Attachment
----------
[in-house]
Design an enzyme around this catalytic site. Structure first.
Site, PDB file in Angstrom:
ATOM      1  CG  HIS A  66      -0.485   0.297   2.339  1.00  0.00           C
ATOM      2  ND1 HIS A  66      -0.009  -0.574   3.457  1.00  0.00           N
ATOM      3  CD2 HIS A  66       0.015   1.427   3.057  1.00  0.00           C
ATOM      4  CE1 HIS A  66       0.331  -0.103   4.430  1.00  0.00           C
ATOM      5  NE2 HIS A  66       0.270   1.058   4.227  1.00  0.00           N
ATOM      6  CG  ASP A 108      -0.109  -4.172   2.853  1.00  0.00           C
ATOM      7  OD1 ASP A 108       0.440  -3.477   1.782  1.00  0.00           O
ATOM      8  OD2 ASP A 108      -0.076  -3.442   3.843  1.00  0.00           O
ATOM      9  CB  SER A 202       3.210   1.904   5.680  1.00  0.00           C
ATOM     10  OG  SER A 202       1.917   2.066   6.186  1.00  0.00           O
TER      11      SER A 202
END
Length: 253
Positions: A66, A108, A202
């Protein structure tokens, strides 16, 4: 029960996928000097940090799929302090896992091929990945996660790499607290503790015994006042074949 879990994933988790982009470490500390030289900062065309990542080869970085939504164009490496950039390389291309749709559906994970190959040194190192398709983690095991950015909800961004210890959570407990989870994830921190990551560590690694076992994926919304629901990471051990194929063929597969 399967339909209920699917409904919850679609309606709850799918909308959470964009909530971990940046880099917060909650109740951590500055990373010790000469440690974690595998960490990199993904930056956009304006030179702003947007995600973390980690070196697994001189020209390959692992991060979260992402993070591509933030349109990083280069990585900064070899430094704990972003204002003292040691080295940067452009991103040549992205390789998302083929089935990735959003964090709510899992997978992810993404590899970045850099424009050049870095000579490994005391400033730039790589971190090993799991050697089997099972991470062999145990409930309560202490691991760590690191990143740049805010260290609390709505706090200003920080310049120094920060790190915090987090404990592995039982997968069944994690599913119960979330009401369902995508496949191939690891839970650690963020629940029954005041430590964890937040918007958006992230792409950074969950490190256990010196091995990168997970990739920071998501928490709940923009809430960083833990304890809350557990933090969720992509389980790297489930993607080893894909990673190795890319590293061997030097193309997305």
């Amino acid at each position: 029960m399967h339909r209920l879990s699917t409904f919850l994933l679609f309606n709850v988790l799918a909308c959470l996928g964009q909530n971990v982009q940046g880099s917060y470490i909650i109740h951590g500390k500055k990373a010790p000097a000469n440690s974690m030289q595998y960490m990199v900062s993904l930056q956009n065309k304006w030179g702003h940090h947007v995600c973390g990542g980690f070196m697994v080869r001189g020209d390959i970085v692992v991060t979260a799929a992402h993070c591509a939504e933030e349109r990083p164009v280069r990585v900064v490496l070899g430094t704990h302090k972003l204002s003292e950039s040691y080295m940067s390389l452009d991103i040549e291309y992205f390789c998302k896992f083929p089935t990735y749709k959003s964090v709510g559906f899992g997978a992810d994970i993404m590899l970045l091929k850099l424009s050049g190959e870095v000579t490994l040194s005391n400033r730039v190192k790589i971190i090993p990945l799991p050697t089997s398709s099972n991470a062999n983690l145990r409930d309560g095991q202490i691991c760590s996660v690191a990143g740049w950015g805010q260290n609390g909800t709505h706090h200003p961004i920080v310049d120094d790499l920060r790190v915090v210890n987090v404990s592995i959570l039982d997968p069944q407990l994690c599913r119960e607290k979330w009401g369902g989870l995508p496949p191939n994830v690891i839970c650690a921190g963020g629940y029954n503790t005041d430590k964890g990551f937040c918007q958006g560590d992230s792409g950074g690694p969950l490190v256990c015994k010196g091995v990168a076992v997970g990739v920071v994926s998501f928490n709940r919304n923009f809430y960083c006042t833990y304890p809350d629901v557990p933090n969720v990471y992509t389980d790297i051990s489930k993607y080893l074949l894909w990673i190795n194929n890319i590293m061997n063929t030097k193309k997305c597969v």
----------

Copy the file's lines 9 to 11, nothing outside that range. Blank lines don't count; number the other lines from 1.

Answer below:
ATOM      6  CG  ASP A 108      -0.109  -4.172   2.853  1.00  0.00           C
ATOM      7  OD1 ASP A 108       0.440  -3.477   1.782  1.00  0.00           O
ATOM      8  OD2 ASP A 108      -0.076  -3.442   3.843  1.00  0.00           O